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  1. Determinant maximization problem gives a general framework that models problems arising in as diverse fields as statistics [Puk06], convex geometry [Kha96], fair allocations [AGSS16], combinatorics [AGV18], spectral graph theory [NST19a], network design, and random processes [KT12]. In an instance of a determinant maximization problem, we are given a collection of vectors U = {v1, . . . , vn} ⊂ Rd , and a goal is to pick a subset S ⊆ U of given vectors to maximize the determinant of the matrix ∑i∈S vivi^T. Often, the set S of picked vectors must satisfy additional combinatorial constraints such as cardinality constraint (|S| ≤ k) or matroid constraint (S is a basis of a matroid defined on the vectors). In this paper, we give a polynomial-time deterministic algorithm that returns a r O(r)-approximation for any matroid of rank r ≤ d. This improves previous results that give e O(r^2)-approximation algorithms relying on e^O(r)-approximate estimation algorithms [NS16, AG17,AGV18, MNST20] for any r ≤ d. All previous results use convex relaxations and their relationship to stable polynomials and strongly log-concave polynomials. In contrast, our algorithm builds on combinatorial algorithms for matroid intersection, which iteratively improve any solution by finding an alternating negative cyclemore »in the exchange graph defined by the matroids. While the det(.) function is not linear, we show that taking appropriate linear approximations at each iteration suffice to give the improved approximation algorithm.« less
    Free, publicly-accessible full text available October 31, 2023
  2. Murphy, B. (Ed.)
    A key form of scientific literacy is being able to leverage the knowledge, practices, and commitments of ethical science to everyday civic matters of social consequence. Learning how to engage in civic life in equity-focused ways needs to be intertwined with learning disciplinary—or transdisciplinary—knowledge and practices. In this article we discuss how an art-science learning program at Science Gallery Dublin in Ireland supported subsequent civic participation by adolescent youth. Using longitudinal case studies of young people, we document how they became agents of change in their homes, schools, and wider communities over several years after participating in the program. This work provides insight into how specific design features of informal learning environments help launch or expand the science-linked identities of youth interested in participation in civic life and social action. These cases also illustrate how to develop educational models that support young people to take informed action toward matters of community and environmental consequence, a key aspect of building a more sustainable and thriving future.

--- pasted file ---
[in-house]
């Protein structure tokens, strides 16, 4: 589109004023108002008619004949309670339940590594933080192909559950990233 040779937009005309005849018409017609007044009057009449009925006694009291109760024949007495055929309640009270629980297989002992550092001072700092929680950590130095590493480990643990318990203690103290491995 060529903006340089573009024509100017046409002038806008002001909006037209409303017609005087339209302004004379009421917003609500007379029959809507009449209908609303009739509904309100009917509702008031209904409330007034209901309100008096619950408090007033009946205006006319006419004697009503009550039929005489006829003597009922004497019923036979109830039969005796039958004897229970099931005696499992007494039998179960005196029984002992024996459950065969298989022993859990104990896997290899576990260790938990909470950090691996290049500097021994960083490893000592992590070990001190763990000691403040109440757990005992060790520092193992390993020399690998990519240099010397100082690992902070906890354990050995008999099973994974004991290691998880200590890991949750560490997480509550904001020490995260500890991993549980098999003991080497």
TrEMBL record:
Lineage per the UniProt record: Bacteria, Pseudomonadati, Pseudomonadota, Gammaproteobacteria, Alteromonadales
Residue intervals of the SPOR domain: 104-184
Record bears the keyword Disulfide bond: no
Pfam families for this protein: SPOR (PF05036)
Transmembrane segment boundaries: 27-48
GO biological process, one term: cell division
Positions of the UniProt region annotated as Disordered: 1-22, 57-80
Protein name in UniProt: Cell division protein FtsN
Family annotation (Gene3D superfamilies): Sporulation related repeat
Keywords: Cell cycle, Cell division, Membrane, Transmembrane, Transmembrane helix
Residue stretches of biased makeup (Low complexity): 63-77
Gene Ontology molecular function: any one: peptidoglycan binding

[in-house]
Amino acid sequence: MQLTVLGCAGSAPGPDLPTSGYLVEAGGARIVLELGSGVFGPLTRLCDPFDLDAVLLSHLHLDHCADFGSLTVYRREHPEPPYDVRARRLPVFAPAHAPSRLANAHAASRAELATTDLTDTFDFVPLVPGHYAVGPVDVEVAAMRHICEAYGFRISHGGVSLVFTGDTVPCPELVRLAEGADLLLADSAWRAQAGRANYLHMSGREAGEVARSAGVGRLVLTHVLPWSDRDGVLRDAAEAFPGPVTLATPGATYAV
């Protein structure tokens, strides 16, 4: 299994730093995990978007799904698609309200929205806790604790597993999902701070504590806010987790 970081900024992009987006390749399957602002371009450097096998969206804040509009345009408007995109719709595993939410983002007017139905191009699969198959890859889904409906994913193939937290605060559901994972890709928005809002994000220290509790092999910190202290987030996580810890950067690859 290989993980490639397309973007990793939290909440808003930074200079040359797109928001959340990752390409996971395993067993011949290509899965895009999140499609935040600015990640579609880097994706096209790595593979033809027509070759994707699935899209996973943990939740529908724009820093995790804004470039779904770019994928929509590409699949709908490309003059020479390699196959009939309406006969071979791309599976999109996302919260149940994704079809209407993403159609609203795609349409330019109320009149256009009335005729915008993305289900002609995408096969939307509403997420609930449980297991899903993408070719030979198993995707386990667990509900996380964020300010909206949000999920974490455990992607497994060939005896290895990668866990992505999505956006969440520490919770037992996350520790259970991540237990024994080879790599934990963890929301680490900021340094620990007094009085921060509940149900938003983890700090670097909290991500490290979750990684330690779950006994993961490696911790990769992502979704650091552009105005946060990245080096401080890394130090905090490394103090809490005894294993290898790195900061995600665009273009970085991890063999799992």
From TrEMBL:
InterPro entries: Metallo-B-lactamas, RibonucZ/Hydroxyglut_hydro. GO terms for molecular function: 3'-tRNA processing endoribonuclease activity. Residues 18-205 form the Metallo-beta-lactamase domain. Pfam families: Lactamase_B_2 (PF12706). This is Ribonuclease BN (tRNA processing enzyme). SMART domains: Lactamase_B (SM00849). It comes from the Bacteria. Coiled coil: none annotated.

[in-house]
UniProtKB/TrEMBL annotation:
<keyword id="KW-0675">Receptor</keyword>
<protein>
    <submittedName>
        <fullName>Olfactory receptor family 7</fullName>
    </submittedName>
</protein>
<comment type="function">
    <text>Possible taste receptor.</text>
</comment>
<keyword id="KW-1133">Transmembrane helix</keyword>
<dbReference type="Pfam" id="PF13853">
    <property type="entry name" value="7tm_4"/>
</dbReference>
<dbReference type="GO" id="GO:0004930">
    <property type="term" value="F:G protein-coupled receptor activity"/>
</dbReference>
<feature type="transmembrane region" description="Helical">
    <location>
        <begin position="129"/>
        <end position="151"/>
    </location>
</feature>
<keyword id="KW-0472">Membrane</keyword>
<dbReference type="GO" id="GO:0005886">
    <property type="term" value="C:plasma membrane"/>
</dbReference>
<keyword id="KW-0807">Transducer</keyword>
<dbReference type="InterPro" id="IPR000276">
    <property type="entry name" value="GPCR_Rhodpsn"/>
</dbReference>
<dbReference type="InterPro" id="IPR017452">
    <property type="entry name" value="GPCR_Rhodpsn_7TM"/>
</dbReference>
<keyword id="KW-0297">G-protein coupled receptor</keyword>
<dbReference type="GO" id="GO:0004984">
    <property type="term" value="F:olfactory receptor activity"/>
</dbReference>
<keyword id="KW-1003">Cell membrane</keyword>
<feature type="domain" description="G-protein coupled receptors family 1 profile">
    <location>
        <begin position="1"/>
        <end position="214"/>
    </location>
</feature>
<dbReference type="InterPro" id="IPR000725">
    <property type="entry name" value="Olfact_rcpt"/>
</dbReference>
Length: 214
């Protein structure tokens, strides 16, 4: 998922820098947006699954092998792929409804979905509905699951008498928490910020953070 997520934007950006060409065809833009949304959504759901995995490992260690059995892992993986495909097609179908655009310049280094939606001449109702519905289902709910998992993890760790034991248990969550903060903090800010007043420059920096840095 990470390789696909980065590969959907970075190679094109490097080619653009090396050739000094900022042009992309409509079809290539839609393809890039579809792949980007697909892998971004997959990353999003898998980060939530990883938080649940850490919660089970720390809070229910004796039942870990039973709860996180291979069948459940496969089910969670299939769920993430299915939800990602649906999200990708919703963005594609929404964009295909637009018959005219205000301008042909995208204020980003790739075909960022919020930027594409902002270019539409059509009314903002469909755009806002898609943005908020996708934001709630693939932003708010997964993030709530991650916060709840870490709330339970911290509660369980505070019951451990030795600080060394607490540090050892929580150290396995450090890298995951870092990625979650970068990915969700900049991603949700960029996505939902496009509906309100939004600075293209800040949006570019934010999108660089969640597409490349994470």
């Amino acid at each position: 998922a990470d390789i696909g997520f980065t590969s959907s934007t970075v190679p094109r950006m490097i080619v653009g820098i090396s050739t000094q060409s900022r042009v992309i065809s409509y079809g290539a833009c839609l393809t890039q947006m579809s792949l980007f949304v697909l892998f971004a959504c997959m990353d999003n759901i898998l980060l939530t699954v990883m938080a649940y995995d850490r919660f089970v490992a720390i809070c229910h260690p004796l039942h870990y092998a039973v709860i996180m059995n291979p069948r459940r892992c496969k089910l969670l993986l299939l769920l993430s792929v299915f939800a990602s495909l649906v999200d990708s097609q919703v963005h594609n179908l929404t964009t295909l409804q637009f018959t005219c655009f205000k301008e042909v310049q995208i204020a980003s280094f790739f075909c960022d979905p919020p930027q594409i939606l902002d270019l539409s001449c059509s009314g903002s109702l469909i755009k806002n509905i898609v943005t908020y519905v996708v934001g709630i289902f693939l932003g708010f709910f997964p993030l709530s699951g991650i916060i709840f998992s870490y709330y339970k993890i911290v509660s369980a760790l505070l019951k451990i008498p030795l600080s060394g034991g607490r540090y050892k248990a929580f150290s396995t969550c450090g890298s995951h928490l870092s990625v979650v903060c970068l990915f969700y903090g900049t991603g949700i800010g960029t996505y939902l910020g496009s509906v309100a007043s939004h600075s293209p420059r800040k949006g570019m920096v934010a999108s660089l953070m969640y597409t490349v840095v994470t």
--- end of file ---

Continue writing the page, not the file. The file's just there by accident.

Free, publicly-accessible full text available January 1, 2023
  3. Free, publicly-accessible full text available April 1, 2023
  4. Abstract Understanding propagation of scintillation light is critical for maximizing the discovery potential of next-generation liquid xenon detectors that use dual-phase time projection chamber technology. This work describes a detailed optical simulation of the DARWIN detector implemented using Chroma, a GPU-based photon tracking framework. To evaluate the framework and to explore ways of maximizing efficiency and minimizing the time of light collection, we simulate several variations of the conventional detector design. Results of these selected studies are presented. More generally, we conclude that the approach used in this work allows one to investigate alternative designs faster and in more detail than using conventional Geant4 optical simulations, making it an attractive tool to guide the development of the ultimate liquid xenon observatory.
    Free, publicly-accessible full text available July 1, 2023
  5. Abstract The XENON collaboration has published stringent limits on specific dark matter – nucleon recoil spectra from dark matter recoiling on the liquid xenon detector target. In this paper, we present an approximate likelihood for the XENON1T 1 t-year nuclear recoil search applicable to any nuclear recoil spectrum. Alongside this paper, we publish data and code to compute upper limits using the method we present. The approximate likelihood is constructed in bins of reconstructed energy, profiled along the signal expectation in each bin. This approach can be used to compute an approximate likelihood and therefore most statistical results for any nuclear recoil spectrum. Computing approximate results with this method is approximately three orders of magnitude faster than the likelihood used in the original publications of XENON1T, where limits were set for specific families of recoil spectra. Using this same method, we include toy Monte Carlo simulation-derived binwise likelihoods for the upcoming XENONnT experiment that can similarly be used to assess the sensitivity to arbitrary nuclear recoil signatures in its eventual 20 t-year exposure.
    Free, publicly-accessible full text available November 1, 2023
  6. Free, publicly-accessible full text available October 1, 2023
  7. Free, publicly-accessible full text available August 1, 2023